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Published: 2 Apr 2020

Paperback / softback, 32 pages

Recommended for age 3+

By Richard Jones

Published by Simon & Schuster Ltd

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The first picture book to be both written and illustrated by Richard Jones, illustrator of bestseller The Snow Lion.

Reviewed by Jo Bowers

‘Perdu is a beautifully illustrated story of a little lost dog and his search for a place to call home.’

We meet Perdu, a little lost dog in a red scarf, alone at night, with the wind howling in the countryside. He sees a spinning leaf, which he decides to follow, hoping that this may take him to a place to call home and be safe. He walks and walks until he enters a big city as the day breaks, still searching for a friend and somewhere he can call home but everywhere is hostile and unfriendly.

We see Perdu at his lowest point, ‘a scared little ball of worry’ when running away from chaos he creates in a café trying to find food to ease his hunger, he loses his red scarf. However, this red scarf finally brings him the friend and home he has been looking for. Following him throughout his journey in the city is a little girl in a knitted red hat. When she finds the scarf, she reunites it with Perdu, and, I am sure this won’t be a spoiler, as you will have guessed, she takes him home to live with her.

The illustrations are not only beautiful, but the careful use of colour helps to create the mood and emotions of the book throughout. It starts dark in the night when Perdu was lost and scared and ends with soft, warm colours when he arrives at his safe place to be. The red scarf he wears and the red knitted hat worn by the girl stand out as beacons to connect them throughout most of the book. After the initial reading, it would be a lovely way to revisit the book with young children to notice these points throughout the book and make these connections.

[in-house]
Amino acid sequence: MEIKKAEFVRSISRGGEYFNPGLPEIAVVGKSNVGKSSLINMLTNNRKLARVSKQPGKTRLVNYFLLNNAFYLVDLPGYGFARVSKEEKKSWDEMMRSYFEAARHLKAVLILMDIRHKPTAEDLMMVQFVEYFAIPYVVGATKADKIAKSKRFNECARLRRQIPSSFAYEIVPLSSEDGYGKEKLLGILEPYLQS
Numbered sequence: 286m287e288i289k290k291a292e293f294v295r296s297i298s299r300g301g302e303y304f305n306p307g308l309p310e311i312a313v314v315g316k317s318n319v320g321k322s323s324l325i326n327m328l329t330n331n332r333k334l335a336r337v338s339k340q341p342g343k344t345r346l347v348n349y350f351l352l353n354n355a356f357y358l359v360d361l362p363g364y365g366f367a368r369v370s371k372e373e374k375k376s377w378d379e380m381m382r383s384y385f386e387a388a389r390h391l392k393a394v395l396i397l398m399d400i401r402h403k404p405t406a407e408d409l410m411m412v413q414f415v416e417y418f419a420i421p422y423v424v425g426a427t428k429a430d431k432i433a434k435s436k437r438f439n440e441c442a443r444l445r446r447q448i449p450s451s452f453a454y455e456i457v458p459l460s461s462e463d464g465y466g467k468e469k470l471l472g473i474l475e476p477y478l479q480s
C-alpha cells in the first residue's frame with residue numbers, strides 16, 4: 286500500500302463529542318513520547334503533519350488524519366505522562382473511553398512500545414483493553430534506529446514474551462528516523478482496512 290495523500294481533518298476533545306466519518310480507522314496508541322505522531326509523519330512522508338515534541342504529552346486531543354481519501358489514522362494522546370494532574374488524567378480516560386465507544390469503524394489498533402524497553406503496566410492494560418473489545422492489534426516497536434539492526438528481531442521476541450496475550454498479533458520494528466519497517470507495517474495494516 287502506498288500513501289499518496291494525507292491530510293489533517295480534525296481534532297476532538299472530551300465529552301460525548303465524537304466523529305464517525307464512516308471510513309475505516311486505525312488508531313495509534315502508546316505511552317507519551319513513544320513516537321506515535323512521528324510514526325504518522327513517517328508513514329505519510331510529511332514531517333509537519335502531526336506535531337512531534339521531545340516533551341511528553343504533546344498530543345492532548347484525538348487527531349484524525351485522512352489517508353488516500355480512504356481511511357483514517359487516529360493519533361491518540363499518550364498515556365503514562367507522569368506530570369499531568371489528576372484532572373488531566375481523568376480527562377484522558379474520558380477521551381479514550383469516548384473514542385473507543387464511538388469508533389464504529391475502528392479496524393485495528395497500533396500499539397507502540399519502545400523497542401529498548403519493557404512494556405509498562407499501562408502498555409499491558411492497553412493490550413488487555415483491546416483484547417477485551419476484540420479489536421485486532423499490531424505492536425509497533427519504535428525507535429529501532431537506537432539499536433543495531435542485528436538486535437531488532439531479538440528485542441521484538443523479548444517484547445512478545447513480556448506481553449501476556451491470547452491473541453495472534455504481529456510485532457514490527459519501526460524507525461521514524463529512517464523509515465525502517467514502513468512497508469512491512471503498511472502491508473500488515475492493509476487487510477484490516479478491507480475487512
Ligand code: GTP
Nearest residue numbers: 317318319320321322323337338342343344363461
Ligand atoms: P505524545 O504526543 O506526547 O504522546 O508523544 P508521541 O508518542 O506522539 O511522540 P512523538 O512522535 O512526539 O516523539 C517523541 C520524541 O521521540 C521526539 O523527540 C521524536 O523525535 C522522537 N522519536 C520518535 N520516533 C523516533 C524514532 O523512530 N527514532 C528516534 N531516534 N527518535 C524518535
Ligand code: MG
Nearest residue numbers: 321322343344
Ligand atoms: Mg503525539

Richard Jones gentle storytelling is beautifully descriptive making this a perfect book to read aloud to understand the emotions Perdu feels throughout his journey both in the countryside,

‘Rain fell on his night-black coat and the grass was cold beneath his paws’

And in the city too,

‘Tick, clack, clip went the knives and forks. The food smelled wonderful…Crash, bump, clang!’

It would also make a great starting point to explore using adjectives to express feelings and convey sounds.

The story would be an excellent stimulus to explore several relevant themes with young children: the importance of making friends and belonging; feeling safe; discussing how we feel when we encounter hostility and indifference; being kind to each other and how even the smallest of gestures can have a profound impact on us.

It is a story that stays with you once read, one that I have read many times and will definitely revisit.

Jo Bowers is a Principal Lecturer in Primary Education (Literacy) at Cardiff Metropolitan University. She joined the university ten years ago and prior to that was a classroom teacher and English leader in a primary school for nineteen years. Jo has been editor of, and currently sits on the Editorial Board of English 4-11 for the English Association and the UKLA Publications Committee. Jo runs an Open University Reading for Pleasure Teacher Group for teachers in Cardiff and sits on various shortlisting and selection panels for children's book awards, currently the English Association Picture Book Award and the Books Council of Wales Tir na n-Og Award. Jo is a Wales representative for UKLA, reviews books for Just Imagine and writes for English 4-11. She is passionate about children's literature and is happiest when she is reading and surrounded by books.